Enemies are a variety of angelic beings taken from classical Biblical mythology, and many of the creatures, environments and setting are culled from Dante's Inferno (the poem, not the EA game). The game itself is gorgeous graphically and the boss fights, in particular, are a lot of fun even if the mechanics get slightly repetitive by the end of the game. Each chapter is divided into "verses," which are given grades ranging from "stone" to "pure platinum." Your performance is rated on the chapter as a whole, determined by how much damage you took, the number of combos or special moves you executed, and whether or not you used items determining your score. Although the first run-through lasted me only about ten hours total, there is definitely a lot of material for the completionists out there– there's a variety of weapons to collect and moves to unlock, as well as a codex or encyclopedia of notes that explain more of the game's background. Some of these notes are easily picked up as you walk around, while others are hard to find and require snooping to obtain. (However, much like the game's plot, these notes aren't Pulitzer Prize writing either; I was pretty amused reading the one that tried to explain why the witches use their hair to summon demons, for example). Players who are driven to get every achievement and a #1 award on every level will have a lot of stuff to occupy them.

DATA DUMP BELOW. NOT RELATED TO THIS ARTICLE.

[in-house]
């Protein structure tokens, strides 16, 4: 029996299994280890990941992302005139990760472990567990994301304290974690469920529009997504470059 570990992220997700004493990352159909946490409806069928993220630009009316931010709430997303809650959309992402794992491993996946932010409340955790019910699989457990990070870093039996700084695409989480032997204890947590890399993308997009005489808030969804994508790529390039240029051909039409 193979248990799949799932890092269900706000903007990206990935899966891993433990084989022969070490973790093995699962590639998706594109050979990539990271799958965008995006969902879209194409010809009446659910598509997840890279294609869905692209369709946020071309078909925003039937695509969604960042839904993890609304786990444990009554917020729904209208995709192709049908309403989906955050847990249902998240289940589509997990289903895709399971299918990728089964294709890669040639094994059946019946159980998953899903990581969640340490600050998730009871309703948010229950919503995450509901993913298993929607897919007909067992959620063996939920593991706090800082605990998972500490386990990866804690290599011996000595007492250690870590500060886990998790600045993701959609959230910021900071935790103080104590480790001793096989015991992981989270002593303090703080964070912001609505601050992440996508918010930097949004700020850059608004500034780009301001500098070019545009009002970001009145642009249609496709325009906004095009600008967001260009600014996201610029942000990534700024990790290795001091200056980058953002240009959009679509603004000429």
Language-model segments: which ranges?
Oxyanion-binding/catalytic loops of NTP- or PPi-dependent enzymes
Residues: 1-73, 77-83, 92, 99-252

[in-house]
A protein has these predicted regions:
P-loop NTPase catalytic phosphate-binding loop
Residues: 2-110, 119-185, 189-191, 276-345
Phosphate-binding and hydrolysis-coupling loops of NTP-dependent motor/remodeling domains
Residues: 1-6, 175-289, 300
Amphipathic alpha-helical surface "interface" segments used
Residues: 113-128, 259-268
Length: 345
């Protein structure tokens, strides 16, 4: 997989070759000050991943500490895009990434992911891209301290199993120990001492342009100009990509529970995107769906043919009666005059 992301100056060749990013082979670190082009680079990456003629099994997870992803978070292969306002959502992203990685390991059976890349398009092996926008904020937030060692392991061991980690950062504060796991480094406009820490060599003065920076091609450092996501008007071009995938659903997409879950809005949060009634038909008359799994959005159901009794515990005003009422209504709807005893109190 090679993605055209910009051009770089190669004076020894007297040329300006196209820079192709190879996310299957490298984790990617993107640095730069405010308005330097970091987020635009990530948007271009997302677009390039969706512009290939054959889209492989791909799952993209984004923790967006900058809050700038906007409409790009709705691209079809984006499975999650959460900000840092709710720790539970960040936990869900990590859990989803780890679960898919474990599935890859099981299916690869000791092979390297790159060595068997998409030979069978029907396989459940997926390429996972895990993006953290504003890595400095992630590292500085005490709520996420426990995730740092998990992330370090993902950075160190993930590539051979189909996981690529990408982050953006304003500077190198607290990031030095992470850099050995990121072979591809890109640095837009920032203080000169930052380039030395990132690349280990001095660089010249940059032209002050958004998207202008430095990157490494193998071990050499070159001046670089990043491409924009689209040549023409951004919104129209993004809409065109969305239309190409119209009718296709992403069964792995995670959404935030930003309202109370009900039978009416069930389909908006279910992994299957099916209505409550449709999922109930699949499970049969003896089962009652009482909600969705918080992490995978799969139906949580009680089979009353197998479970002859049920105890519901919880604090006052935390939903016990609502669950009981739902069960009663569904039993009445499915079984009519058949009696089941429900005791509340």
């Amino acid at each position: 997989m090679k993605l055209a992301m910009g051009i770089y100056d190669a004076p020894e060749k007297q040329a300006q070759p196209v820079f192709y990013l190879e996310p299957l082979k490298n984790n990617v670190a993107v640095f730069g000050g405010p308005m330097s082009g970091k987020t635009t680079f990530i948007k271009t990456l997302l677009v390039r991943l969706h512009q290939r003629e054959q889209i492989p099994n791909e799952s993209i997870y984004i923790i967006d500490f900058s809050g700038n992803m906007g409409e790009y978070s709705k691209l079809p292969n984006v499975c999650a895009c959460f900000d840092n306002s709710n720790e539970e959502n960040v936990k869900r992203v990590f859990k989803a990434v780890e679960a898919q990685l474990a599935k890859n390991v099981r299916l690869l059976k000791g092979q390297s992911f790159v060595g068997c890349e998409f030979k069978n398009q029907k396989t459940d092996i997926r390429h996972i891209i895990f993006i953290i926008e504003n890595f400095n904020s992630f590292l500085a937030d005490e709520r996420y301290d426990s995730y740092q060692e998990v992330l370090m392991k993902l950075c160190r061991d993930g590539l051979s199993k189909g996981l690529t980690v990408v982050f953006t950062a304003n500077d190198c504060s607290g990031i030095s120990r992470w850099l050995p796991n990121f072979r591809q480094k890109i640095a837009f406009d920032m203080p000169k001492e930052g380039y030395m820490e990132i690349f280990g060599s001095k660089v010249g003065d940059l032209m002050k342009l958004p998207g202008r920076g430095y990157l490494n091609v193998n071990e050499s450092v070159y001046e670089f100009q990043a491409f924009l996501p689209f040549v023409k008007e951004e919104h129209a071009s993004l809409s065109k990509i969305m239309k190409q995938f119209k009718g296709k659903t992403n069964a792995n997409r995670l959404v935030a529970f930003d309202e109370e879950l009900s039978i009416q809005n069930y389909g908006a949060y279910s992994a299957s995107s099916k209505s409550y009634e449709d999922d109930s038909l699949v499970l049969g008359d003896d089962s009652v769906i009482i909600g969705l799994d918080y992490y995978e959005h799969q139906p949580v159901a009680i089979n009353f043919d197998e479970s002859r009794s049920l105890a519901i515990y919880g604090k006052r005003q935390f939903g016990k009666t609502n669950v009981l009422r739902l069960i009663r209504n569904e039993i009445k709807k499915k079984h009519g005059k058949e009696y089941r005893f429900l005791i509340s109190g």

One thing to note, however: if you have a choice, get the Xbox 360 version. Platinum Games handled this version directly while Sega was responsible for the PS3 port. By all accounts the PS3 version is sub-par, and having played it myself I can understand why. The cut-scenes were plagued with flickering framerate issues and seemed to be filmed behind a sepia filter, although the levels themselves were usually fine, minus an irksome screen-tearing issue.
Overall, however, Bayonetta is a lot of fun. While it's story is a bit cliched and pulled off to a lackluster degree, and the female-based sexual expression is more than a little gratuitous, it's also so ridiculously campy and hilarious that it will be hard to avoid being entertained. I haven't laughed this hard– in a good way– while playing a game for quite a while.
Score: 4 out of 5